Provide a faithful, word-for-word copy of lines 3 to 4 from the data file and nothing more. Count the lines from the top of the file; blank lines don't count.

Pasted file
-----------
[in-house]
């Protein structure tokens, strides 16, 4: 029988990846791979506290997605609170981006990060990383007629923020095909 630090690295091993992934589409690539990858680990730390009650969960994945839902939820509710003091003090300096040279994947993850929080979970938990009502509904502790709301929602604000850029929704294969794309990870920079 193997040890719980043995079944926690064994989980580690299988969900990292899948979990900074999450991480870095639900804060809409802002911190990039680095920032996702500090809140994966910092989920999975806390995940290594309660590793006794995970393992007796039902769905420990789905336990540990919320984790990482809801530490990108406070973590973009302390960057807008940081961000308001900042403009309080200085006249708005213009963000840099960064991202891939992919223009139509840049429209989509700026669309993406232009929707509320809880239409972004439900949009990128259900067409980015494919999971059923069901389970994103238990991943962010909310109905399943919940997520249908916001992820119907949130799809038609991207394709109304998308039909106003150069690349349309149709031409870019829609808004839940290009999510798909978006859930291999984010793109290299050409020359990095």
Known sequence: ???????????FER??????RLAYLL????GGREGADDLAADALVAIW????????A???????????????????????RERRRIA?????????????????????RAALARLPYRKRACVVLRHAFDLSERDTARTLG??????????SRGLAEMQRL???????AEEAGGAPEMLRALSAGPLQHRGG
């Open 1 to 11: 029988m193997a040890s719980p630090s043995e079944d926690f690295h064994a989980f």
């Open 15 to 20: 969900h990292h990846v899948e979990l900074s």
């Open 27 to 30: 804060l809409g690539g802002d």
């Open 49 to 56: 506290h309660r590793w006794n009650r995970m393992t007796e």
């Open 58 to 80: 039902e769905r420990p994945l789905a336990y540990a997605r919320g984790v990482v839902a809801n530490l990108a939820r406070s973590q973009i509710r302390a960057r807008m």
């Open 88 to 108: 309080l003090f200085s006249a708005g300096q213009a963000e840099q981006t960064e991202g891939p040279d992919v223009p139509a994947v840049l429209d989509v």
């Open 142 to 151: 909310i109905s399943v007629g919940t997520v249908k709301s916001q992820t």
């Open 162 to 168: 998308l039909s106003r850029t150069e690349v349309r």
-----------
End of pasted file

Known sequence: ???????????FER??????RLAYLL????GGREGADDLAADALVAIW????????A???????????????????????RERRRIA?????????????????????RAALARLPYRKRACVVLRHAFDLSERDTARTLG??????????SRGLAEMQRL???????AEEAGGAPEMLRALSAGPLQHRGG
């Open 1 to 11: 029988m193997a040890s719980p630090s043995e079944d926690f690295h064994a989980f």